Is Justin Bieber An Example of Immigration Laws that “Discriminate”?


Canadian pop sensation Justin Bieber has recently drawn attention to himself due to an arrest and release in Miami Beach, Fla. While fans pledge their unconditional support, others have created petitions urging the Obama administration to deport Bieber. Still others urge the attention to be shifted from the celebrity to other immigrants who face deportation due to “lesser offences.” In this podcast immigration attorney Paula Joachin who practices law in the city of San Diego, Calif., explains why this celebrity case is an example of what Milli Atkinson of Centro de Ayuda Legal Para Inmigrantes referred to as laws that “are written to really discriminate against Mexico and Central America,” in October of 2013 as a part of The Conversation on Immigration Reform.

On Sunday, January 23, 2014, Canadian pop sensation Justin Bieber was arrested on charges of driving under the influence, resisting arrest without violence and driving with an expired driver’s license in Miami Beach, Fla. Since the day of his arrest, several petitions have been created on the website We the People seeking supporting signatures in a petition to the Obama Administration asking to both deport and protect Bieber from deportation.

One petition in particular seeks to “Deport Justin Bieber and revoke his green card” on the grounds that “he is not only threatening the safety of our people but he is also a terrible influence on our nations youth.” The goal of the petition was to receive 100,000 signatures, as of Wednesday, January 29, 2014; the petition had 170, 973 supporting signatures.

The American Civil Liberties Union has published a brief article titled “What Justin Bieber’s Arrest Would Mean for Another Non-Citizen.” Through this article, they urge readers that “While the media is focused on what will happen to Bieber, let’s instead focus on what will happen to all of the other immigrants who are detained and deported for lesser offenses than his.” According to Joachin during the Obama administration, the amount of immigrants who have been put into detention for being undocumented, without a prior history of violation of laws, “sky rocketed.”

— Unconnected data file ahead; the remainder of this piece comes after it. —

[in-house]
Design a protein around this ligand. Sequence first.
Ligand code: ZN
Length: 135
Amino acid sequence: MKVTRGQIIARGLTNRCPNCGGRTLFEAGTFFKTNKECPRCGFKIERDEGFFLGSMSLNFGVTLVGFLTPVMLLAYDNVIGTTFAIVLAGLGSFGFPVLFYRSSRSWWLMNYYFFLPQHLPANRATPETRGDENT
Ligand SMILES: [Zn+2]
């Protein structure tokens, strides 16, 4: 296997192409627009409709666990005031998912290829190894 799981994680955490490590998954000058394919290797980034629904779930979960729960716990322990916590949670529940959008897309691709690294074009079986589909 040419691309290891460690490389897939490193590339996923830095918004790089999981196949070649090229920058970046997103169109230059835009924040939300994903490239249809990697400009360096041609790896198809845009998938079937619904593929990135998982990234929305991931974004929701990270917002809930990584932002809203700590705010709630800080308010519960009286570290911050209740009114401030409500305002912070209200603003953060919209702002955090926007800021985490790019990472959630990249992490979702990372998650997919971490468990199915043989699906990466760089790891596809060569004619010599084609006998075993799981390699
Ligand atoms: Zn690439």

Joachin remains hopeful that a “comprehensive and holistic” immigration reform will pass. “We want the legalization of the people who are already here, whose only offense is a civil one, and that is entering the U.S. without ‘proper documents.’”




The Desert Angels


The Desert Angels are a non-profit, humanitarian group of volunteers, based out of San Diego, Calif. They conduct search and rescue missions of lost people in the desert areas near the United States and Mexico border. Rafael Larraenza is the organization’s director. He has helped in not only finding undocumented immigrants who become lost in their journey to the United States, but also in recovering bodies of those who have lost their lives along the way.

More from Larraenza on Sunday, Dec. 22, 2013, in regards to the proposed immigration reform.




Not all Supporters of Immigration Reform Support Guest Worker Programs


In a recent anonymous survey conducted by NatyRockdriguez.com, results demonstrate that while Californian’s who participated may be in favor of immigration reform, not all are in favor of guest worker programs. Social media conversations through Facebook and Twitter shed light on the fact that not all supporters are aware that the immigration reform bill that passed the Senate, S. 744, includes guest worker programs.

Immigration Reform Survey Results

Infographic by Natalie Rodriguez

While the majority of participants in the survey are have never been undocumented, the majority have family members who are either currently undocumented or who have been. All are in favor of immigration reform; agree that a reform would strengthen the economy, and that that the reform should be a priority.

When asked about what makes an immigration reform plan comprehensive, some of the more popular responses included: taking into account family unity, length of time in the country, criminal backgrounds, and equal opportunities for all.

Responses on guest worker programs as a part of the reform showed concerned for the families of the workers and the workers themselves. One anonymous response was “I feel the guest worker program should not be included because what would happen if workers find someone here in the states and then form a family, would the government then separate families just like what’s happening currently?” In a Twitter conversation, one response was that “It’s the problem of people overstaying and becoming undocumented in the process.”